Eagle Lake rainbow trout (Oncorhynchus mykiss aquilarum)
Species summary and status: Eagle Lake rainbow trout are a lake dwelling subspecies of rainbow trout found in Eagle Lake and its tributary streams on the east side of the Sierra Nevada in Lassen County, California. First described by J. O. Snyder in 1917, Eagle Lake rainbow trout were initially thought to be the hybrid offspring of Lahontan cutthroat and introduced rainbow trout. Recent genetic studies have shown the subspecies to be a distinct form of rainbow trout that colonized Eagle Lake through an ancient connection to the Feather River and the larger Sacramento River system.
Eagle Lake rainbow trout are uniquely adapted to the conditions in Eagle Lake, a 24,000 acre alkaline (pH 8 – 9) lake seasonally connected to its source tributaries only during the late spring snowmelt. Historically, long-lived and large adults – up to 11 years old and 24-inches long – ran up the largest tributaries to reproduce in the spring-fed headwater streams. Similar in appearance to coastal rainbow trout. The lateral line on an Eagle Lake rainbow has a pink band, fins with white edges, and irregularly-shaped spots are profuse. Their spots wane towards the belly, scales are finer than on coastal rainbow trout, and the snout is quite rounded. The predatory nature of life in a lake environment lends itself towards fish with large, squared-off tails for propulsion, large eyes, and increased body size. The average Eagle Lake rainbow trout reported in recent creels is about 18 inches in length and 2 pounds, although they have been known to reach upwards of 28 inches and 10 pounds.
By the 1950s, overfishing and habitat degradation from logging, grazing and road development caused population declines so severe that the California Department Department of Fish and Wildlife initiated a hatchery program from the few remaining fish. In 2012, the US Fish and Wildlife Service funded and built a fish ladder at the mouth of Pine Creek to allow for passage to historic spawning grounds. Combined with a trap-and-haul program by the California Department of Fish and Wildlife, after years of being completely sustained by the hatchery, young Eagle Lake rainbow trout have been recently discovered in the headwaters of Pine Creek, providing hope that natural populations can once again flourish. Nonetheless, the legacies of habitat degradation – loss of meadow habitats and altered hydrology exacerbated by declines in winter snowpack and drought – and the homogenization of the subspecies through hatchery fish still threaten the survival of Eagle Lake rainbow trout. Other threats include competition with introduced brook trout and natural factors that threaten any species with a limited distribution.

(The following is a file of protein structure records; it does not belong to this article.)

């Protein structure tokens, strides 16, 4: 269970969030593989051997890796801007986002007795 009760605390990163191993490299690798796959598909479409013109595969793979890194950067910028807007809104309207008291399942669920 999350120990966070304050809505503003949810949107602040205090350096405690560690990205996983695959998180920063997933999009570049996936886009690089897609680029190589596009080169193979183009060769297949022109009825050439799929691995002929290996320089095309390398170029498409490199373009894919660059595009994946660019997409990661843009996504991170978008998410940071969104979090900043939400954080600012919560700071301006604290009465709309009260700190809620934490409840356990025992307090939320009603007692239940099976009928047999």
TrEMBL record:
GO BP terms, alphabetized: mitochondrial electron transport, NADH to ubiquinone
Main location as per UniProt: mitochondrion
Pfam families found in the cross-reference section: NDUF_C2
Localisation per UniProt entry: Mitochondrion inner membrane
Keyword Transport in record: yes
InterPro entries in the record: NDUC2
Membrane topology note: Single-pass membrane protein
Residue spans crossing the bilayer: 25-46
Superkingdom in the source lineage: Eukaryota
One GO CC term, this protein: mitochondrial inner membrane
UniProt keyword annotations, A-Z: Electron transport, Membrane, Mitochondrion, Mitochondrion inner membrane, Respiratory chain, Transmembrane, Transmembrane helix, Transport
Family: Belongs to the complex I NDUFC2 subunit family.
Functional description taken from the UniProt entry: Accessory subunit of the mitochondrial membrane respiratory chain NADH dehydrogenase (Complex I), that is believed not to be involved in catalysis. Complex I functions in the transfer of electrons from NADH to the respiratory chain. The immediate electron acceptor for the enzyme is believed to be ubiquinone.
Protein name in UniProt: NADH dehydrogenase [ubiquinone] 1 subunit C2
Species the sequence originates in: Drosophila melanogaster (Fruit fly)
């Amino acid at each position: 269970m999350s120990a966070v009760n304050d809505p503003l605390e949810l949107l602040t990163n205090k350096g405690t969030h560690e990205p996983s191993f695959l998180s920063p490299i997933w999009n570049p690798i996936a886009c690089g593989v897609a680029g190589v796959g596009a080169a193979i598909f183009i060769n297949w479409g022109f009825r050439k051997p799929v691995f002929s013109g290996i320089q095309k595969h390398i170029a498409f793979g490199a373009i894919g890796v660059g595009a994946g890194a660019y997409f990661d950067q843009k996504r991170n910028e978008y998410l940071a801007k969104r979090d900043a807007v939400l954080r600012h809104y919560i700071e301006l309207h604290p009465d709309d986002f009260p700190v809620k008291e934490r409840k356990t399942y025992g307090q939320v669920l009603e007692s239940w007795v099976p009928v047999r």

Historically, the majority of spawning occurred in Pine Creek, a tributary on the western shore of the lake. Due to extremely low lake levels and accompanying population decline observed in the 1930s and 1940s, resource managers feared the species may go extinct. Eggs and milt are collected, fertilized, and transported to state fish hatcheries where they are reared for nearly a year and a half until they are large enough to be replanted into Eagle Lake or other waters across the state. This artificial rearing process and back-stocking into Eagle Lake allows for continued survival of this species until natural spawning in Pine Creek can be reestablished.
Looking forward: The need for a fish weir currently prevents natural reproduction at self-sustaining levels. Since Eagle Lake rainbow trout have undergone more than 60 years of artificial selection in a hatchery setting, this may have long-term negative effects on their genetic integrity.
Additionally, Pine Creek flows intermittently into Eagle Lake and is dominated by non-native brook trout that were introduced in the 1940s. A top restoration goal is to remove non-native brook trout and reestablish natural spawning of Eagle Lake rainbow trout in Pine Creek. To help with this, the fish weir was modified in 2012 to allow spawning Eagle Lake rainbow trout some access to Pine Creek.
Eagle Lake rainbow trout face other threats, including habitat degradation from logging, grazing, water diversions, railroads, and roads. Climate change and low lake levels are a growing concern that reduces available habitat, increases water temperature, and changes the water chemistry.
California worked with numerous state, federal, and non-profit agencies to publish a conservation strategy for Eagle Lake rainbow trout. The primary focus is on restoration in the Pine Creek watershed to reestablish a wild, naturally-spawning population. Other ongoing actions include fencing off sections of the creek to exclude livestock, replacing impassible culverts, and removing structures that divert water from Pine Creek.
All data compiled from: